5 Apps and Sites That Make It Easier to Get the Job

5 Apps and Sites That Make It Easier to Get the Job

Polish your profile on LinkedIn: check. Research the salary for your dream job: check. Proof your resume and submit it to your favorite companies … and wait.

If you feel like you've been spinning your wheels when it comes to the job hunt, then it might be time to get a little tech boost. These tools can help you with every step, from upping the chances your resume will be read to prepping for that first interview.

Create a New Resume

Designing a resume that showcases your experience without looking like a patchwork quilt of font sizes and bullets doesn't come naturally to everyone. Give your resume some professional polish by using templates that do all the heavy design lifting for you. Resumake and Resume.io are two good places to start. Their simplicity - pick a template and plug in your info - means you can customize your resume for different types of jobs.

Cost: Resumake is free, but has a more limited variety of templates. Resume.io has plans that range from free to create one resume to $74.95 for 12 months of premium access that offers an unlimited number of resumes.

Make It Past the Bots

If you worry that your resume gets sucked into a black hole, you might not be wrong: Many companies now use an applicant tracking system (ATS), which means a bot is scanning your resume to gauge how good a fit you are for a job before it even crosses a human's desk. Jobscan is a website that compares text from your resume or LinkedIn profile with that of a posted job's description to see if it has the right keywords to make it pass the robots.

Cost: There are three plans to choose from. The free package offers five keyword comparisons a month, or you can get unlimited comparisons plus other job-related services for $89.95 every three months or $49.95 a month.

Keep Track of Where You Applied

If you apply to so many jobs that you can't even remember which companies have your resume, then consider looking into an app like Rake, which serves as a personal job tracker. You can save job descriptions from any job board or career site with a single click. It also offers some best practices for applying and lets you set follow-up reminders so you know when to give that recruiter a gentle nudge.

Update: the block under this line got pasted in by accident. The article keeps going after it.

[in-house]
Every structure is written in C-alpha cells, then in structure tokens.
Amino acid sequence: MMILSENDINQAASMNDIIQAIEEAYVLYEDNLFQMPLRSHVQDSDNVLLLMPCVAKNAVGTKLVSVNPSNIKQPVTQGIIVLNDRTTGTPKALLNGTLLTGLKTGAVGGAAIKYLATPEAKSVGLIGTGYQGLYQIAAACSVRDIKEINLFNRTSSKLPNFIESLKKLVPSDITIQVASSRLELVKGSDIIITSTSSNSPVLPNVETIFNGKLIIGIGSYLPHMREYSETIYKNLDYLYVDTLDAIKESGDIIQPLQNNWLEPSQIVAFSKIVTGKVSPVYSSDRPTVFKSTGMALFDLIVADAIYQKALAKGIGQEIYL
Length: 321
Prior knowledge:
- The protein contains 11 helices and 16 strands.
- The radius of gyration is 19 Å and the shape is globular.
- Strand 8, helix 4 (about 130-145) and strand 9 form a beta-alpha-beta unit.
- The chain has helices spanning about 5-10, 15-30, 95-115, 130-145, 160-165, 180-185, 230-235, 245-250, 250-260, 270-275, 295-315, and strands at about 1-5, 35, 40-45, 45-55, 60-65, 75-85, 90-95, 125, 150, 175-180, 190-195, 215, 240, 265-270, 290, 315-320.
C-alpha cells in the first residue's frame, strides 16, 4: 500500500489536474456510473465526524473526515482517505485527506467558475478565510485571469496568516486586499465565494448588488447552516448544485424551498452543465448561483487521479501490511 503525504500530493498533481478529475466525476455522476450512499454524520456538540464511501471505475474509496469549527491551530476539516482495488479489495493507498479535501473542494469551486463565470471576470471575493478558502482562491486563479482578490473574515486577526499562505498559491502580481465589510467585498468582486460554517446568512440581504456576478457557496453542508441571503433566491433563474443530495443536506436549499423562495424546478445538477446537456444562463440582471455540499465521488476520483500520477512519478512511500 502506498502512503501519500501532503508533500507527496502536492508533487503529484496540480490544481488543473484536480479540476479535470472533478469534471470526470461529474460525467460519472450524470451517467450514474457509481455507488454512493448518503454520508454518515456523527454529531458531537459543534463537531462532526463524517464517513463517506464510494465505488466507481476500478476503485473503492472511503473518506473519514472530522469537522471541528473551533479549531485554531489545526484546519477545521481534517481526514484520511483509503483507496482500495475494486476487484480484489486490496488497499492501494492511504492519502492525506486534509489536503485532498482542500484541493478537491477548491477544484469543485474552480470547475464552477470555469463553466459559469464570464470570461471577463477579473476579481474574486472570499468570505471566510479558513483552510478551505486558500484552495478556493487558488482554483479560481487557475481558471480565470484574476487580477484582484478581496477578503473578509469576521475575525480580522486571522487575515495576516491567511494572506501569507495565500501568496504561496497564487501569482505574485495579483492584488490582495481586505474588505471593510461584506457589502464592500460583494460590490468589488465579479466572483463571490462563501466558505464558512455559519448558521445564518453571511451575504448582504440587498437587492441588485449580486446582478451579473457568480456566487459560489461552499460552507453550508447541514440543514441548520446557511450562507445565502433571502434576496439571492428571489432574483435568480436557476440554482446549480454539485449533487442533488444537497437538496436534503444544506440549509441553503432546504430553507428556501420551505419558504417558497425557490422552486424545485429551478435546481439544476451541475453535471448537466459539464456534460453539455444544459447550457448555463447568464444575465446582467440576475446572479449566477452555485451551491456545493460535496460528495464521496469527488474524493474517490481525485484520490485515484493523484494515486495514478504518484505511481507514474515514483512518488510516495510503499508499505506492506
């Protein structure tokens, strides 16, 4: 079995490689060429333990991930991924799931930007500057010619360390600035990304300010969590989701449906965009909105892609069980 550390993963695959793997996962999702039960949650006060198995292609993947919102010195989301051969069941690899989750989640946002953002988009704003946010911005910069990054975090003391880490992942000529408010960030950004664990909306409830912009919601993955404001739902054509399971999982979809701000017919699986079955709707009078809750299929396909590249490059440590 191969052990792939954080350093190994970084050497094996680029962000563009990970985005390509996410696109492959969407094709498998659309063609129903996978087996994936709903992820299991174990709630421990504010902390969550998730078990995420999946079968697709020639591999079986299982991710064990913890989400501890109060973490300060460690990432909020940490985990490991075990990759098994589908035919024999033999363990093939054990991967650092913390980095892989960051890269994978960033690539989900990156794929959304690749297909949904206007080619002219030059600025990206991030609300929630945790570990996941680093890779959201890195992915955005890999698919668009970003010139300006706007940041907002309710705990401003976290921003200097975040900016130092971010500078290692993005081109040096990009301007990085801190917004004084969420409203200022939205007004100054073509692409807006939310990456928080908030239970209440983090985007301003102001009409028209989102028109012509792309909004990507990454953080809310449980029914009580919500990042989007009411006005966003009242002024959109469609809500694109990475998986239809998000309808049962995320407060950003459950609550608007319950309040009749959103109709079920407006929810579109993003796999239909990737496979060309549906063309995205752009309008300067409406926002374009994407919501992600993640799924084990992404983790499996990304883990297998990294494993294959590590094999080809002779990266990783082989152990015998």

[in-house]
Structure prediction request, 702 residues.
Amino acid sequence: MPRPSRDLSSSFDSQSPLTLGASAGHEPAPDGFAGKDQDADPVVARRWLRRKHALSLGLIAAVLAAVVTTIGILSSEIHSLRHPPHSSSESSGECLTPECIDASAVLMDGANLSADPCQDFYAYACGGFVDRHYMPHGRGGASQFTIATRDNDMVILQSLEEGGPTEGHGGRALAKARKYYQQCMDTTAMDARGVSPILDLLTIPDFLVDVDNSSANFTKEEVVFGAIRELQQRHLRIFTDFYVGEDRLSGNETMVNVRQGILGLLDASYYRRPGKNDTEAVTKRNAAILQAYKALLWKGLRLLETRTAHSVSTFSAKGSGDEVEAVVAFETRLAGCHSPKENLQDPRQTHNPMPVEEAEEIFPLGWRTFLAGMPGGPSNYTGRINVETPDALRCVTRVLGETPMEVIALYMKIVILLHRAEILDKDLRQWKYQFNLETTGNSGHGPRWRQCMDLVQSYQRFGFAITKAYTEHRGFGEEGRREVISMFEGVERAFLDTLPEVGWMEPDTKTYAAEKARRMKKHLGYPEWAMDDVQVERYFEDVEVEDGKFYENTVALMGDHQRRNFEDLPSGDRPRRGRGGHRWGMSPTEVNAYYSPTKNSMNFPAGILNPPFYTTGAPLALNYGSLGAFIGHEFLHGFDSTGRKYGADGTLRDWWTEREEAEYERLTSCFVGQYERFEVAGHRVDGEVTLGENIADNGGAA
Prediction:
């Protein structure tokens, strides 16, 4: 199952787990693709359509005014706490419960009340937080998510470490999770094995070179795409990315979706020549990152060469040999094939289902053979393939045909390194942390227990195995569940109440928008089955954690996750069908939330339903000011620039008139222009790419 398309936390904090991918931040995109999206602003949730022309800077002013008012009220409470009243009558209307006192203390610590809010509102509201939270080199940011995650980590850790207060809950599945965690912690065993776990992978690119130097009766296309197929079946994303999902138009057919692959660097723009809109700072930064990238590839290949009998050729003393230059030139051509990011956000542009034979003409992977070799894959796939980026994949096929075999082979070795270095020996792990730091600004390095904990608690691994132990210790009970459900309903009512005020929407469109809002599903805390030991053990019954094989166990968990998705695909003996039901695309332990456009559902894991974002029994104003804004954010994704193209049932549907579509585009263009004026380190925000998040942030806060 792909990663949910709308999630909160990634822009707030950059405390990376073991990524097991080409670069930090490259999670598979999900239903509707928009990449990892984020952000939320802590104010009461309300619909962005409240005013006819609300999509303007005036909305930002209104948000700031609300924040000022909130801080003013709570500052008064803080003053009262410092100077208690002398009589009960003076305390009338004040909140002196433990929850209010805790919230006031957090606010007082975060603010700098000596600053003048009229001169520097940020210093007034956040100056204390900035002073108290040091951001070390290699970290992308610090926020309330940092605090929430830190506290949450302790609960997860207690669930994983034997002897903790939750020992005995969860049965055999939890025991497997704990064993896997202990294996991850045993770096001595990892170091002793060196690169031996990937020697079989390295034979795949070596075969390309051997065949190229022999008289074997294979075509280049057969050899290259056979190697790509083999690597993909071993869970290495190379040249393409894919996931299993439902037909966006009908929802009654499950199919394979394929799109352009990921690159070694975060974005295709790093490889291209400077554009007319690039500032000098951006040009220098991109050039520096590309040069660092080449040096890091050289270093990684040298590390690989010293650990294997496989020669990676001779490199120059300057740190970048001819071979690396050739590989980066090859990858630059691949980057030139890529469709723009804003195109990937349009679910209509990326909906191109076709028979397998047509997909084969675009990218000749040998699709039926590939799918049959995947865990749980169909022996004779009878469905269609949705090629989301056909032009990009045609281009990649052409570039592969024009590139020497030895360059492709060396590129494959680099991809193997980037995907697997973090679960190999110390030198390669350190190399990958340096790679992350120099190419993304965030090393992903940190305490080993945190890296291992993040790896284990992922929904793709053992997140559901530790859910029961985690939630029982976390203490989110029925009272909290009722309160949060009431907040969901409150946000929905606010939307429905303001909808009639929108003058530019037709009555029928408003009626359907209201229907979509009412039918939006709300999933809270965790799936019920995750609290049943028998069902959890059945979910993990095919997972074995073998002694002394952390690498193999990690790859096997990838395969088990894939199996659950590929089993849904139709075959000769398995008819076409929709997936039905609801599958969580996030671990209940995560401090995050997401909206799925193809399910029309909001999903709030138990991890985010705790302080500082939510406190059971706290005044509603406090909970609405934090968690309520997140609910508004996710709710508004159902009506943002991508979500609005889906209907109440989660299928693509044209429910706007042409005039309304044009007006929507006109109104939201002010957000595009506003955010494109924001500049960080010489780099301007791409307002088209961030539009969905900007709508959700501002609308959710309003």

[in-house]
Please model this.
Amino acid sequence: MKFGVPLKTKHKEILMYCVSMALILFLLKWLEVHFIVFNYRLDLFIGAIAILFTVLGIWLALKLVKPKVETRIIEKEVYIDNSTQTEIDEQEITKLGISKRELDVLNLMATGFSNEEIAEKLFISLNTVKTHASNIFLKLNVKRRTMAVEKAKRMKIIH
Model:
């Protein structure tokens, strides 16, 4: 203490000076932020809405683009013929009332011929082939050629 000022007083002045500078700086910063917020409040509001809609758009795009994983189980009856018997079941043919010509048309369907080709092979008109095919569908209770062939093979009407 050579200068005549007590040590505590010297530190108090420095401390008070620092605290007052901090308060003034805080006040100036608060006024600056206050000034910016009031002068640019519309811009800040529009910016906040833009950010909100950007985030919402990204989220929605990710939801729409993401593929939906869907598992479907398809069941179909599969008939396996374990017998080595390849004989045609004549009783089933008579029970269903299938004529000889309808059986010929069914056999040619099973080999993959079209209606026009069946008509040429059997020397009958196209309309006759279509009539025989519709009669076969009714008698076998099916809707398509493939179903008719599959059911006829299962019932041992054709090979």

Cost: The app or Chrome extension are free.

Refine Your Search

Job hunting sometimes feels a little like dating: You have to "swipe left" on a lot of job postings before you find The One you want to swipe right on. Leap.ai helps cut down on that onerous task by playing matchmaker. Upload your resume to the site and it will find jobs that are a good fit for you, based on factors like your location, skills and interests. It will also send your resume to the employer on your behalf. Most of its jobs are currently in the tech or business space, but its client companies are impressive, with names like Uber, Dropbox, Zoom and more.

Cost: Free (employers pay them to find you).

Prep for the Job Interview

Remember when you used to sit at the back of the bus, furiously flipping through flashcards to help you prepare for a big history test? Cram, a site where you can search for flashcards across various topics, has flashcard sets specifically to help you practice for job interviews. The simple cards, which are designed by other users, are meant to help you prep for answering questions about the employer ("Who are its major competitors?") as well as those often tricky personal questions ("What's your best trait?").

Cost: Free

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